Family Friendly Fitness

New Year, New You!

Doing more exercise” is a popular new year’s resolution, with gyms at peak marketing trying to gain new customers.

The thing is, we all know that an active lifestyle is good for us, but how do we make that a reality when there are so many other pressures in life? From going out to work to taking care of the family, it can often seem that wherever we turn there is yet another demand on our time and resources.

This is especially the case for mothers, who typically adopt the role of primary carer for the children, as well as often supporting older relatives too. For such women, it can feel that focusing on one’s own self-care is a luxury at best, and at worst just plain selfish!

So, what’s the solution?

What we need is a more family friendly approach to fitness which is inclusive of a mother’s needs and takes a more holistic view of fitness together with a woman’s wellbeing. For example, many mothers experience guilt at spending time away from their children to exercise. Dealing with these feelings is important as they get into our sub-conscious and help generate the long list of reasons why we can’t do it. There is no quick fix to this one, but you feel that feelings of guilt are preventing you from taking up exercise then you might want to consider having a chat with an exercise psychologist or wellbeing life coach.

Another issue is that we often focus on what exercises to do, and how often, and forget to consider how our new active lifestyle will integrate with the rest of life. This can sometimes create problems down the line as our new routines become more difficult to stick to. Sustainable active lifestyles tend to incorporate physical activity into daily routines, allowing the family to be active together. Some of the most popular activities to consider are trips to the park, dancing round the house, active computer games, family friendly events (such as parkrun), swimming and walking or cycling to school. For some reason the “fitness industry” tends not to focus on these types of activities and this can lead us to feel that they’re not “proper exercise” – but they are!

Understanding your needs

Of course, any major lifestyle change requires a specific period of focussed effort, ideally supported by someone who is knowledgeable on how to overcome the setbacks and challenges ahead. But choosing where to go for support can be overwhelming, especially in the new year when we seem to be bombarded with advertising for the latest new health trend, and the quick fixes seem ever more tempting. Remember, there is no quick fix.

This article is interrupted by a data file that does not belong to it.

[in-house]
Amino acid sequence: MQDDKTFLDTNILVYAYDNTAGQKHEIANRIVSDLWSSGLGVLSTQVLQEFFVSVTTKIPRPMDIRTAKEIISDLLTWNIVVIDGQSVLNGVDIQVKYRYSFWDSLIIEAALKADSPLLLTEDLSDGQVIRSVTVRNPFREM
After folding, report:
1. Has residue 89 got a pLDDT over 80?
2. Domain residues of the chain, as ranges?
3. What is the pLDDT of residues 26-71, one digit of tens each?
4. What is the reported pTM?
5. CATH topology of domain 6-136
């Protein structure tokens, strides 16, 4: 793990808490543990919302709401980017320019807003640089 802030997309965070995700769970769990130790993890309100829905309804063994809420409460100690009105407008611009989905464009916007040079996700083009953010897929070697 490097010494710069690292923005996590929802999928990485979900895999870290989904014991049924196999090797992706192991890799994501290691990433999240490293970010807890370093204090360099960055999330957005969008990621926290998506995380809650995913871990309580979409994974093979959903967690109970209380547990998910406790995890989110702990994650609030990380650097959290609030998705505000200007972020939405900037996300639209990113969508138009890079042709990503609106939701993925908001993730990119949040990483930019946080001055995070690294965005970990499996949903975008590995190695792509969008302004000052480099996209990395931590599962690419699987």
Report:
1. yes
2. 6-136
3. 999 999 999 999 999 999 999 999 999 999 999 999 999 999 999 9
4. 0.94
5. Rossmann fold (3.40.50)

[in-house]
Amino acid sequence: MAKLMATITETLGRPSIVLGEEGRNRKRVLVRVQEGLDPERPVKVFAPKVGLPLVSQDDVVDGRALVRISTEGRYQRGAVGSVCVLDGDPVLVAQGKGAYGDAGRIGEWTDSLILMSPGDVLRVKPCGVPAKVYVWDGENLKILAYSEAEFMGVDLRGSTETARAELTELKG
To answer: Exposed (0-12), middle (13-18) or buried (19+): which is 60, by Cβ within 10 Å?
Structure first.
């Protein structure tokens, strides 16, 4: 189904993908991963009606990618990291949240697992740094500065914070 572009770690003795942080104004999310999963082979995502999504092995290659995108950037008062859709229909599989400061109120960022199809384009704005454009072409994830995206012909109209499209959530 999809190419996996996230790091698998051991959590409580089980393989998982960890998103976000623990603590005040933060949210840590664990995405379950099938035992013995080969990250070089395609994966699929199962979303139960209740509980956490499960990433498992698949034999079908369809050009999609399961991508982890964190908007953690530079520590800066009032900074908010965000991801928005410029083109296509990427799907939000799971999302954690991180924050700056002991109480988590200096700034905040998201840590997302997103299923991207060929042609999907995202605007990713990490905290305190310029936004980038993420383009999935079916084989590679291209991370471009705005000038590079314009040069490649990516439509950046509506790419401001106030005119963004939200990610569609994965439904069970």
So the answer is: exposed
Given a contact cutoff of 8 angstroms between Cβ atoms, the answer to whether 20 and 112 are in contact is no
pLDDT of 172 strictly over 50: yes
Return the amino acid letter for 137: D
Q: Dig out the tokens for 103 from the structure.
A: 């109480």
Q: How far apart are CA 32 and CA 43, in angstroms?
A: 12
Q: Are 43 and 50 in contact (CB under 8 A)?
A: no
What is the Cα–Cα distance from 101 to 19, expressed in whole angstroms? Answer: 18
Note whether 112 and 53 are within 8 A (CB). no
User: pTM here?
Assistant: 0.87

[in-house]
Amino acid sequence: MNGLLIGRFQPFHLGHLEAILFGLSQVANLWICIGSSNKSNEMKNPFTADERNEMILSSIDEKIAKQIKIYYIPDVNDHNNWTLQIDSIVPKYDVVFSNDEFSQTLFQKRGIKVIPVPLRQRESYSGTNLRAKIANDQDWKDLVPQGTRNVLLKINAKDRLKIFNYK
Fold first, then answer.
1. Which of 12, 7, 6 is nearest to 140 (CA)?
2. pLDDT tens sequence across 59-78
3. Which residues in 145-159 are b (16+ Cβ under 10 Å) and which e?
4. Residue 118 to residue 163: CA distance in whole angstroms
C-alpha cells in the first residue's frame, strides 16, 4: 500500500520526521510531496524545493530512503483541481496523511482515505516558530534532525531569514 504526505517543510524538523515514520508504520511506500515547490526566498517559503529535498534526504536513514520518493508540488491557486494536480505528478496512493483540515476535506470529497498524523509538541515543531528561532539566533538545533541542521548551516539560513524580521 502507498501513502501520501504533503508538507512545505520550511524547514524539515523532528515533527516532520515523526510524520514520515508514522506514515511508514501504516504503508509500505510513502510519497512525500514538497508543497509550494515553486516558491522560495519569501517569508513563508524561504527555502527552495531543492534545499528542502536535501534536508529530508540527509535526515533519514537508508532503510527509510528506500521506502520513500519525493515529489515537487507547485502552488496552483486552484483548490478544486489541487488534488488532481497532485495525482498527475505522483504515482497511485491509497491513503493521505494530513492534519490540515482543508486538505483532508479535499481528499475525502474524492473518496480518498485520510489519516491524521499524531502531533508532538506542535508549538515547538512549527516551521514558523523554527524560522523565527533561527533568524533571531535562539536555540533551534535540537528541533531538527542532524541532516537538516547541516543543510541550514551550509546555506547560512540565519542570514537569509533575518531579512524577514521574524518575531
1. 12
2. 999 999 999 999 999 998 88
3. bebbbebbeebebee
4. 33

My personal recommendation is that to know who can help you best, you first need to understand yourself and your own needs. Try this:

Take yourself aside for 20 minutes and try the following exercise:

  1. Write down your health goals – what are you prepared to work on to make a long-lasting change?
  2. Write down who else you think will be affected by the changes you want to make. How will they be affected – include both positive and negative – does this help or hinder you?
  3. Write down the reason why you want to achieve this health goal – how will you feel this time next year if you’re successful?
  4. Write down some initial ideas of things you’d like to try to help achieve your goals – what have you enjoyed in the past or always fancied having a go at?

When you have your answers, you are ready to start looking for the right kind of support, based on your own needs. For every gym, club, personal trainer or coach you consider, think about if they will be a good fit against what you have written down.

Choose what’s right for you

Making a lifestyle change can be hard, but it can also be made much easier with the right help and support. Take your time and begin when you are ready. If you are interested in learning more about my work, I would love you to contact me through my website. Until then I wish you all health and happiness for you and your family in 2020.

Dr Diane Brown is a Fitness & Wellbeing Coach, qualified in Sport & Exercise Psychology, Wellbeing Life Coaching and Triathlon Coaching. She has overcome her own health challenges to successfully complete an Ultramarathon (2018) and Ironman UK (2011). Diane’s current mission is to help as many women as possible to create active lifestyles, gain greater wellbeing and enjoy a better quality of life.

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